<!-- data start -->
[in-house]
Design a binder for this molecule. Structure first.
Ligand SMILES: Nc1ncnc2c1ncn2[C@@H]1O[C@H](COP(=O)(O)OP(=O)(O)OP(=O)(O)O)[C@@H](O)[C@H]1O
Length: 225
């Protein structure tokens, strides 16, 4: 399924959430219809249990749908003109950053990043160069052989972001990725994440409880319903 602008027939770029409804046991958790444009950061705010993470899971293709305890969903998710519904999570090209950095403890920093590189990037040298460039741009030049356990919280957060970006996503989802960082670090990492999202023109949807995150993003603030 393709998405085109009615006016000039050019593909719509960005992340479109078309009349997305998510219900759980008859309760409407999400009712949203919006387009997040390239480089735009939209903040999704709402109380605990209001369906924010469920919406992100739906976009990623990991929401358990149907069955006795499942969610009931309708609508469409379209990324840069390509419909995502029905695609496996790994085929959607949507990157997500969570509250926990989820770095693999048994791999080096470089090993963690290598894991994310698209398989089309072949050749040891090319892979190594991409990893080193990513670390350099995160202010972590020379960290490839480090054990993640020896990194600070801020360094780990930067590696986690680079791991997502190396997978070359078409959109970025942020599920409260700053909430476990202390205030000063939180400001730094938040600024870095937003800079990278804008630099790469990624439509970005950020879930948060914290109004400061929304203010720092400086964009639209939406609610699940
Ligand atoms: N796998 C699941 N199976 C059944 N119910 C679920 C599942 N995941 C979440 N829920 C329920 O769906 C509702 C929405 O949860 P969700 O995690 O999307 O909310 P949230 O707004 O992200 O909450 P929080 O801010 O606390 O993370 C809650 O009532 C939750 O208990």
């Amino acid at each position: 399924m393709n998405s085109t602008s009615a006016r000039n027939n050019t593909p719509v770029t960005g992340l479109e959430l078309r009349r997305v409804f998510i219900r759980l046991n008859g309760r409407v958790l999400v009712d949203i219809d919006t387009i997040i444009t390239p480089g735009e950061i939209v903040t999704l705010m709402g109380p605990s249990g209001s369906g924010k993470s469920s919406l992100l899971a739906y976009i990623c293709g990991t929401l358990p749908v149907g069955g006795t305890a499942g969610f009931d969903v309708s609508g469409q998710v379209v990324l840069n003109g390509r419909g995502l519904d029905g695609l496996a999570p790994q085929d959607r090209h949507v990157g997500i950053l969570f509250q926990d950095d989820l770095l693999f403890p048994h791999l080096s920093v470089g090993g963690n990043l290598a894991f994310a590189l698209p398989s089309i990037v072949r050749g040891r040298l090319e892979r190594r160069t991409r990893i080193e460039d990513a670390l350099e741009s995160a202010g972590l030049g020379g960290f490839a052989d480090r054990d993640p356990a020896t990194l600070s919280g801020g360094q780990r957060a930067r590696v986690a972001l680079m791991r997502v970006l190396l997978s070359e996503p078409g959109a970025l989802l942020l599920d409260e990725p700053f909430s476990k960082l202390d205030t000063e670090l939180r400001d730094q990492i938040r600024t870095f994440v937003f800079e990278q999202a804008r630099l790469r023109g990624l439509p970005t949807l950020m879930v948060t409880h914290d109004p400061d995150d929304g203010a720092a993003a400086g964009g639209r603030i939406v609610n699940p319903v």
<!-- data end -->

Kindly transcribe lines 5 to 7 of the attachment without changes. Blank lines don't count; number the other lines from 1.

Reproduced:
């Protein structure tokens, strides 16, 4: 399924959430219809249990749908003109950053990043160069052989972001990725994440409880319903 602008027939770029409804046991958790444009950061705010993470899971293709305890969903998710519904999570090209950095403890920093590189990037040298460039741009030049356990919280957060970006996503989802960082670090990492999202023109949807995150993003603030 393709998405085109009615006016000039050019593909719509960005992340479109078309009349997305998510219900759980008859309760409407999400009712949203919006387009997040390239480089735009939209903040999704709402109380605990209001369906924010469920919406992100739906976009990623990991929401358990149907069955006795499942969610009931309708609508469409379209990324840069390509419909995502029905695609496996790994085929959607949507990157997500969570509250926990989820770095693999048994791999080096470089090993963690290598894991994310698209398989089309072949050749040891090319892979190594991409990893080193990513670390350099995160202010972590020379960290490839480090054990993640020896990194600070801020360094780990930067590696986690680079791991997502190396997978070359078409959109970025942020599920409260700053909430476990202390205030000063939180400001730094938040600024870095937003800079990278804008630099790469990624439509970005950020879930948060914290109004400061929304203010720092400086964009639209939406609610699940
Ligand atoms: N796998 C699941 N199976 C059944 N119910 C679920 C599942 N995941 C979440 N829920 C329920 O769906 C509702 C929405 O949860 P969700 O995690 O999307 O909310 P949230 O707004 O992200 O909450 P929080 O801010 O606390 O993370 C809650 O009532 C939750 O208990």
């Amino acid at each position: 399924m393709n998405s085109t602008s009615a006016r000039n027939n050019t593909p719509v770029t960005g992340l479109e959430l078309r009349r997305v409804f998510i219900r759980l046991n008859g309760r409407v958790l999400v009712d949203i219809d919006t387009i997040i444009t390239p480089g735009e950061i939209v903040t999704l705010m709402g109380p605990s249990g209001s369906g924010k993470s469920s919406l992100l899971a739906y976009i990623c293709g990991t929401l358990p749908v149907g069955g006795t305890a499942g969610f009931d969903v309708s609508g469409q998710v379209v990324l840069n003109g390509r419909g995502l519904d029905g695609l496996a999570p790994q085929d959607r090209h949507v990157g997500i950053l969570f509250q926990d950095d989820l770095l693999f403890p048994h791999l080096s920093v470089g090993g963690n990043l290598a894991f994310a590189l698209p398989s089309i990037v072949r050749g040891r040298l090319e892979r190594r160069t991409r990893i080193e460039d990513a670390l350099e741009s995160a202010g972590l030049g020379g960290f490839a052989d480090r054990d993640p356990a020896t990194l600070s919280g801020g360094q780990r957060a930067r590696v986690a972001l680079m791991r997502v970006l190396l997978s070359e996503p078409g959109a970025l989802l942020l599920d409260e990725p700053f909430s476990k960082l202390d205030t000063e670090l939180r400001d730094q990492i938040r600024t870095f994440v937003f800079e990278q999202a804008r630099l790469r023109g990624l439509p970005t949807l950020m879930v948060t409880h914290d109004p400061d995150d929304g203010a720092a993003a400086g964009g639209r603030i939406v609610n699940p319903v």